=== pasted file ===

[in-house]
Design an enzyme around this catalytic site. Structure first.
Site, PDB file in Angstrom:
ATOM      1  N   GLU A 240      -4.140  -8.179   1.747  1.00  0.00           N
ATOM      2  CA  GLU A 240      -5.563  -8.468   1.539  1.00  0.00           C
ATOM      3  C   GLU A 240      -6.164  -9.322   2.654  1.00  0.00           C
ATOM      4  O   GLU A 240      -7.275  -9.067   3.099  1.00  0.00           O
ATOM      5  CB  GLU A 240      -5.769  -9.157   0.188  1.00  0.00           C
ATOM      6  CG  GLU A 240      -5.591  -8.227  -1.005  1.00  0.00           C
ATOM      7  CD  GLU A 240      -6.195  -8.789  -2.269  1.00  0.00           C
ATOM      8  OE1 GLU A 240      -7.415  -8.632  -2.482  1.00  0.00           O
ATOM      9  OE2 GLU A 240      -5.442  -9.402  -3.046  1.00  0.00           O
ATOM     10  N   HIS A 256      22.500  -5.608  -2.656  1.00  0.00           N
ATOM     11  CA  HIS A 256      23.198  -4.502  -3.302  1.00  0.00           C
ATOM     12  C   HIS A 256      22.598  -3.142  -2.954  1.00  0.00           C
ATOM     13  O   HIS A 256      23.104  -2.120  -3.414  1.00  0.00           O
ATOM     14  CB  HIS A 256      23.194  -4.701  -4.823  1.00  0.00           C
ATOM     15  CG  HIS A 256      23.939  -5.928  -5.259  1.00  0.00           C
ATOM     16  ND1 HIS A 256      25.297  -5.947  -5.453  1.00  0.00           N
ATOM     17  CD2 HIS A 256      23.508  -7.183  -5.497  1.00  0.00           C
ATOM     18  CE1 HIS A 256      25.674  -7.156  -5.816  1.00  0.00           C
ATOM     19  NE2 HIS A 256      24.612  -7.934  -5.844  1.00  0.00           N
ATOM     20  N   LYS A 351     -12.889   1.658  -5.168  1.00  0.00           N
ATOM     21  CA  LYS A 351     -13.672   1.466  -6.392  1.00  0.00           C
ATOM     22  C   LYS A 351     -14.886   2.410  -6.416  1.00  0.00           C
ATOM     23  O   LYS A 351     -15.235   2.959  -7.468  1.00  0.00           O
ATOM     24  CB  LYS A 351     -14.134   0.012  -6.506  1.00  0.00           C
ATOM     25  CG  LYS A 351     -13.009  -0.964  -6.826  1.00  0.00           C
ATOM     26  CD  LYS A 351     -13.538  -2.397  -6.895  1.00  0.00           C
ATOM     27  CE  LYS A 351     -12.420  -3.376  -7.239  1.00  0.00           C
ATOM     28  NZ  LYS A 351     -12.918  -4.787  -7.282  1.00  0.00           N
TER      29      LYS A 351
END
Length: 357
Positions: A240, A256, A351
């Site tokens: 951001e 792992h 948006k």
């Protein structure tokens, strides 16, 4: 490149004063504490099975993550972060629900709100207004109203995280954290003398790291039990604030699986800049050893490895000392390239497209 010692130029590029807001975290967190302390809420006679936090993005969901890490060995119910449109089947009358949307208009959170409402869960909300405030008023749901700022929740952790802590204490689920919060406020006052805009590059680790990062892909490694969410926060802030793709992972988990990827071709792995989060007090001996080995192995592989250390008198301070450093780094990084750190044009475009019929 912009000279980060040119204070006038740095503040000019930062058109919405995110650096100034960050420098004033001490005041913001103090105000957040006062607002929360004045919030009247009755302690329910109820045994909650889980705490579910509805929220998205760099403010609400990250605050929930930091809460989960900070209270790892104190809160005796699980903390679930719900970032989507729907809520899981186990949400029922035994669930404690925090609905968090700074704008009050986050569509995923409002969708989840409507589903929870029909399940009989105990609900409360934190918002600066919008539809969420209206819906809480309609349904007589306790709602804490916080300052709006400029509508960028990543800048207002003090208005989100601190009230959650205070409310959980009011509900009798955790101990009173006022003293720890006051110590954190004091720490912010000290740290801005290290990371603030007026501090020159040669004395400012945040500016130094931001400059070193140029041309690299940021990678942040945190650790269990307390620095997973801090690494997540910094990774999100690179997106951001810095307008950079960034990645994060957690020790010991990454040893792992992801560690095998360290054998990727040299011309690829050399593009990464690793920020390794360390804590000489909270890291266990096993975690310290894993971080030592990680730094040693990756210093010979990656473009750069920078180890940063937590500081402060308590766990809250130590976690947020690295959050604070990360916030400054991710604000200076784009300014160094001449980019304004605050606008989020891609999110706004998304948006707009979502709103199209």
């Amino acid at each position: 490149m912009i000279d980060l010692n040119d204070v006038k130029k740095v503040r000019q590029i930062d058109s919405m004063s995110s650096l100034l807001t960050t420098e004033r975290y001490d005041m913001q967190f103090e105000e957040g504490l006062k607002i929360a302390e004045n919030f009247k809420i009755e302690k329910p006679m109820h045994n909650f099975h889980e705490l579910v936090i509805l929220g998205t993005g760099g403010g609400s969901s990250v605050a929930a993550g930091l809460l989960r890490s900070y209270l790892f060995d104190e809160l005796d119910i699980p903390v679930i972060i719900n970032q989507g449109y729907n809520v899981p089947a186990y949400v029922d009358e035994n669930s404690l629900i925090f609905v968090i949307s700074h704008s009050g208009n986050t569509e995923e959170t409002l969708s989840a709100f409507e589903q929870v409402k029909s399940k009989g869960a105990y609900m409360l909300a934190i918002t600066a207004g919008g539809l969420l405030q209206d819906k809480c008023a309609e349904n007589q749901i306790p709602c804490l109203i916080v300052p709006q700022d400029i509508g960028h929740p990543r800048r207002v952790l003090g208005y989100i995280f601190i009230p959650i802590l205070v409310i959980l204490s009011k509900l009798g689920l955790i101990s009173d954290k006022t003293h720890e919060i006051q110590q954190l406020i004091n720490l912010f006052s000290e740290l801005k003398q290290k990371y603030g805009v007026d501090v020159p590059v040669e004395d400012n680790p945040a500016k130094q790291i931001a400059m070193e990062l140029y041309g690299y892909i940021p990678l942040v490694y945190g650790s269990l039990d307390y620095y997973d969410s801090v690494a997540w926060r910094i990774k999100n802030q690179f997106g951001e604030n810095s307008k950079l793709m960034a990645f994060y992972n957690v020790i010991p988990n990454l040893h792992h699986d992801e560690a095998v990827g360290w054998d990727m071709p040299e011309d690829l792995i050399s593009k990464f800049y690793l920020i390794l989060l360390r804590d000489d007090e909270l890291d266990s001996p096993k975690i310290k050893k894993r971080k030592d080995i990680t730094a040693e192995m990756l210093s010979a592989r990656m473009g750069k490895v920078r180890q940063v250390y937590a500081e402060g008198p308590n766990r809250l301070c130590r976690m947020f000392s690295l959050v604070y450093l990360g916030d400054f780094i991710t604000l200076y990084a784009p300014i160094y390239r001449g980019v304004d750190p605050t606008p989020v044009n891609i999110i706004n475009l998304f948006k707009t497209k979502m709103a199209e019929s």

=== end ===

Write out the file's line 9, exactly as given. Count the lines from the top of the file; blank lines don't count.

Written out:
ATOM      6  CG  GLU A 240      -5.591  -8.227  -1.005  1.00  0.00           C